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Everything posted by AlNFL19

  1. Lots of people on Twitter seem to think Jarrett Stidham is the plan.
  2. Today is a sad day for New England, but I’ve found my new favorite NFC team at least. Go Bucs!
  3. While #TankForTua went by the wayside with his injury and Joe Burrow's meteoric rise, Tagovailoa is still almost sure to be a Top-16 pick this April, and many think he's a Top-5 pick. What says FF? Reminder: Questions are multiple choice.
  4. Let's see what people really think of the No. 1 overall pick this coming April. Reminder: Questions are multiple choice.
  5. So polls can only have 3 questions apparently. Should I keep the formatting the same? Kind of scratching my head here.
  6. Should I format the questions as above average / average / below average again, or as excellent / average / poor as @Kiwibrown suggested a while back? Or both (if polls can have 5 ?s)
  7. So I just wanted to bump this up to see if anybody thought it would be a good thing to do for some players this year, particularly the QBs, probably starting with Joe Burrow. Just going to @ some people who are pretty active in the draft forum so hopefully this gets seen: @Ragnarok @Danger @goldfishwars @VanS @CalhounLambeau @SmittyBacall @Counselor @jrry32 @Ozzy @HoboRocket @BleedTheClock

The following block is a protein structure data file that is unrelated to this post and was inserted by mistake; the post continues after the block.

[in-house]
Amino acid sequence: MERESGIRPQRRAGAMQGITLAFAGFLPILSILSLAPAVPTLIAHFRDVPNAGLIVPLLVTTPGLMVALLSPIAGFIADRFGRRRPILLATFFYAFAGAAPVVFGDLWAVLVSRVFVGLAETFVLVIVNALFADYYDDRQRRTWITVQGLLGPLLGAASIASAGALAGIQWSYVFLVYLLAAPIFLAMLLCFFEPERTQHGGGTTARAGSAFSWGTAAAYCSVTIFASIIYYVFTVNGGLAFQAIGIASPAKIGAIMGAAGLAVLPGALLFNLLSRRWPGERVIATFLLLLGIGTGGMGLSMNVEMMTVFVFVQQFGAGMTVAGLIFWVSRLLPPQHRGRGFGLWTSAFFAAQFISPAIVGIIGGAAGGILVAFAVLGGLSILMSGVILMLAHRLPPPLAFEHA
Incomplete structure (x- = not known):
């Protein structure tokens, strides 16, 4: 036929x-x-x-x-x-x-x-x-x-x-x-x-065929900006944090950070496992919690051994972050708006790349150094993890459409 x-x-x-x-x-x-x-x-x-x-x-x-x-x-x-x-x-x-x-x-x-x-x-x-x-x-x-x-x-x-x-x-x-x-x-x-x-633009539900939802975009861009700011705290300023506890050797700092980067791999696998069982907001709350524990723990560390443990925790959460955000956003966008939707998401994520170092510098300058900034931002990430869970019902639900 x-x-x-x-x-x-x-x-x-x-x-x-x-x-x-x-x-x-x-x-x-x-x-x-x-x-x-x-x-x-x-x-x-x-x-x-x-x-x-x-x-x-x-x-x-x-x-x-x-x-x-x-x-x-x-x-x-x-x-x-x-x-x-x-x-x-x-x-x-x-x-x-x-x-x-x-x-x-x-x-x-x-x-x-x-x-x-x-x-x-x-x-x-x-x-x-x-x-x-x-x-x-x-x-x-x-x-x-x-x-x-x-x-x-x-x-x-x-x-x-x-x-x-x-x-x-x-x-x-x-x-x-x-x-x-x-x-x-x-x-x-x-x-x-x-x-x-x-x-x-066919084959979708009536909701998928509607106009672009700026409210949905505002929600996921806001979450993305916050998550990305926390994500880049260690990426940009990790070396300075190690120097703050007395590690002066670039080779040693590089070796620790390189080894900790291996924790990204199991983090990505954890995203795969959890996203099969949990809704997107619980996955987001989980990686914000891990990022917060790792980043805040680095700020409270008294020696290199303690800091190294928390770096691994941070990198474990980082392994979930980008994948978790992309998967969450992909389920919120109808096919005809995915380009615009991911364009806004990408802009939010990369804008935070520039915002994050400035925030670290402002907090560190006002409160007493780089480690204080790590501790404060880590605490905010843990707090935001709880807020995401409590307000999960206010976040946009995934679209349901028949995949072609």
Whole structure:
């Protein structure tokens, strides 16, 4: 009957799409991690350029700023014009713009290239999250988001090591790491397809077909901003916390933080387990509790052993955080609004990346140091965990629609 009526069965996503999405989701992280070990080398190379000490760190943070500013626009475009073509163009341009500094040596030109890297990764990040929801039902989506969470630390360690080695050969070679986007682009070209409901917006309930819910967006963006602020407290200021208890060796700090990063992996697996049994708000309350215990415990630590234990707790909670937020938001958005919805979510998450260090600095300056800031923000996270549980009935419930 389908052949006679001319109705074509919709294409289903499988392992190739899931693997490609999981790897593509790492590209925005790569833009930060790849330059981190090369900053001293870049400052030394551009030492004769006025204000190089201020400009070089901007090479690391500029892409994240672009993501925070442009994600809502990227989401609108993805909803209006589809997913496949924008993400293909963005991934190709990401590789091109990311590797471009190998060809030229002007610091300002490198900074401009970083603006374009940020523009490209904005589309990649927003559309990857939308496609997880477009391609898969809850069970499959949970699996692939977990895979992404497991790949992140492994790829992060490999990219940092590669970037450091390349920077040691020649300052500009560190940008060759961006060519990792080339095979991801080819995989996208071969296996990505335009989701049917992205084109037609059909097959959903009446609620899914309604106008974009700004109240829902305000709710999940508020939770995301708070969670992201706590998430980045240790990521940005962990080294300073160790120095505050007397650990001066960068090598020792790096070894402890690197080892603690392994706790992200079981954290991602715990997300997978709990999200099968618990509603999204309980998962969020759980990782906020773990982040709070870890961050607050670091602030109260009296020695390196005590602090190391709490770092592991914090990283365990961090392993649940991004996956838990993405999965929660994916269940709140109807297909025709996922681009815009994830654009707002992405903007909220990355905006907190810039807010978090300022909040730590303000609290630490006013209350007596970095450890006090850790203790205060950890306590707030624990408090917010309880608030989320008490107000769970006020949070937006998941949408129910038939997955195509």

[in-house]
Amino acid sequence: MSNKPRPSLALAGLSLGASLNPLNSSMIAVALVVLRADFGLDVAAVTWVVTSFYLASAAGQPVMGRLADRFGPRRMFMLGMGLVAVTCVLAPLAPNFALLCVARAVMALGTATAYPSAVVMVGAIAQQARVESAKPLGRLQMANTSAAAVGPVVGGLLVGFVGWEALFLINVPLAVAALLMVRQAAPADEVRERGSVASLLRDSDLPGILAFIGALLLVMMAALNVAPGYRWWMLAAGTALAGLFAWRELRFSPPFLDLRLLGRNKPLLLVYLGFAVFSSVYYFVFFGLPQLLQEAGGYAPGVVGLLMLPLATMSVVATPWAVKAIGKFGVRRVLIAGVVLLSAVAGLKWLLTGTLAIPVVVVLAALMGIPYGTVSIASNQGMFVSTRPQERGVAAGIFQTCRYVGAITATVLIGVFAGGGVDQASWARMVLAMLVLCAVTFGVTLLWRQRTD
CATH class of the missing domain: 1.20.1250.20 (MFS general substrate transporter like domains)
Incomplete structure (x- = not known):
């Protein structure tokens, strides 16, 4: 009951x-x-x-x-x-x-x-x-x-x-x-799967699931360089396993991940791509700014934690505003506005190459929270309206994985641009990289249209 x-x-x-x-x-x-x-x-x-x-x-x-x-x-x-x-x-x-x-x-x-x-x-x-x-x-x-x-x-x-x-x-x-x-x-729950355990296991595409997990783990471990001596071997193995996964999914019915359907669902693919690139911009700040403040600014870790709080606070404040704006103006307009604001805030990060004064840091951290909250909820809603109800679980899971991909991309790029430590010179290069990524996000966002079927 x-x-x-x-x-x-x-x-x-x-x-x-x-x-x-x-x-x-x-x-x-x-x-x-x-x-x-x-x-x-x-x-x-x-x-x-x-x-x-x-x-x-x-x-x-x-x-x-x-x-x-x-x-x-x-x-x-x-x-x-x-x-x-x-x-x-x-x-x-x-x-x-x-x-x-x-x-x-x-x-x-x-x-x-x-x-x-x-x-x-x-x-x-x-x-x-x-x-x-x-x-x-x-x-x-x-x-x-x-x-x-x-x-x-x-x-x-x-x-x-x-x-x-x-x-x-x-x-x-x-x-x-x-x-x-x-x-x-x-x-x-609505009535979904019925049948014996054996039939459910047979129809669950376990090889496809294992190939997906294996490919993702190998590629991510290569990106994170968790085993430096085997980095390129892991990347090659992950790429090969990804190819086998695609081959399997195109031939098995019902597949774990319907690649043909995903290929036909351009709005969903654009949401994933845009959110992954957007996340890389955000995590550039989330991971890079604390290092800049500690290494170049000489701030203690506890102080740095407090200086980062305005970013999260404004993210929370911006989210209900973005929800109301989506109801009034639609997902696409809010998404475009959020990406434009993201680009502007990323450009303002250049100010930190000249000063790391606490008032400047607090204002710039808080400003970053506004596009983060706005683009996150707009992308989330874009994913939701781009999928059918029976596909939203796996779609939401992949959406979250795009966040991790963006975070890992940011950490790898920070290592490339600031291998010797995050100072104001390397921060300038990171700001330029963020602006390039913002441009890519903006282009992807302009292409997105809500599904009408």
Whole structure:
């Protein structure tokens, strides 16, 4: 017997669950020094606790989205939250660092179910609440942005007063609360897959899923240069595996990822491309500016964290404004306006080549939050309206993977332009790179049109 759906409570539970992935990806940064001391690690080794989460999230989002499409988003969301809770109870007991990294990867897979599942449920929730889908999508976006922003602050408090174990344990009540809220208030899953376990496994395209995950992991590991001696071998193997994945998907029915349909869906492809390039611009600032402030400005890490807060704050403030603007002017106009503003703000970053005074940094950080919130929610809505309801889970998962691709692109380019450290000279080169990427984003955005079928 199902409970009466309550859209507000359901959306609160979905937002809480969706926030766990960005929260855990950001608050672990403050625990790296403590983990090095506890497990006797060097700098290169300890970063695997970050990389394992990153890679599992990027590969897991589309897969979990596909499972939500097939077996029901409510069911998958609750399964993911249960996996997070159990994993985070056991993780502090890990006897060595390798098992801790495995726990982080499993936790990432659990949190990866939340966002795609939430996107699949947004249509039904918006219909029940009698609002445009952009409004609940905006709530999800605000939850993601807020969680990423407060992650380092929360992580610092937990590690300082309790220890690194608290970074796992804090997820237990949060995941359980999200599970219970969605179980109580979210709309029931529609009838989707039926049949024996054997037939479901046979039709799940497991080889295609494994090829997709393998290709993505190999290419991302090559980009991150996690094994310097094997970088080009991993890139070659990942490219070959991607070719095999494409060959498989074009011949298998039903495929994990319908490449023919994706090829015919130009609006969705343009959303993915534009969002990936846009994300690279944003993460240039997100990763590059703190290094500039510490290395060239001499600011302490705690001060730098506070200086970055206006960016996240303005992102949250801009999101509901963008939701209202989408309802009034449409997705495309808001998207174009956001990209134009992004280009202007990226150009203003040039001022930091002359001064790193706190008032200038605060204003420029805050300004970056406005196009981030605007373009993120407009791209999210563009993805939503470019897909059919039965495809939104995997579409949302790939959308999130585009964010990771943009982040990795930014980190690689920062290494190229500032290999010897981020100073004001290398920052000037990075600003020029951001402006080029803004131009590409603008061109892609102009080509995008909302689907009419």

8. ESPN's Total QBR, despite being kind of a joke of a statistic, has been a decent predictor of NFL success. Based on the data I collected from quarterbacks drafted from 2006 to 2016 in the first three rounds: Share of NFL ANY/A+ Predicted Statistic R-Squared Draft Position 15.53% Total QBR 14.20% Passer Rating 4.36% No other college passing statistic had an r-squared of greater than 9.66% (Total TDs), so I think Total QBR is at least worth taking a look at for college players (if you value college stats at all, which is in itself another debate).
  9. Final projections for this year: There's a new red variable here that's the probability that each quarterback matches the average from the 2006-2016 Rounds 1-3 sample that I used to create the model, which was around 89 rather than 100. Burrow's championship game performance boosted him above Newton and Mayfield to 3rd since 2006 (Murray, Mariota). Hopefully I'll get some time to do some tape study with these guys to get some complete grades (probably weighting it half-and-half). And the raw point estimate for ANY/A+ (can be interpreted as a rough 0-100 grade): Obviously it wasn't exactly created for this purpose so some of the intervals between players seem pretty small.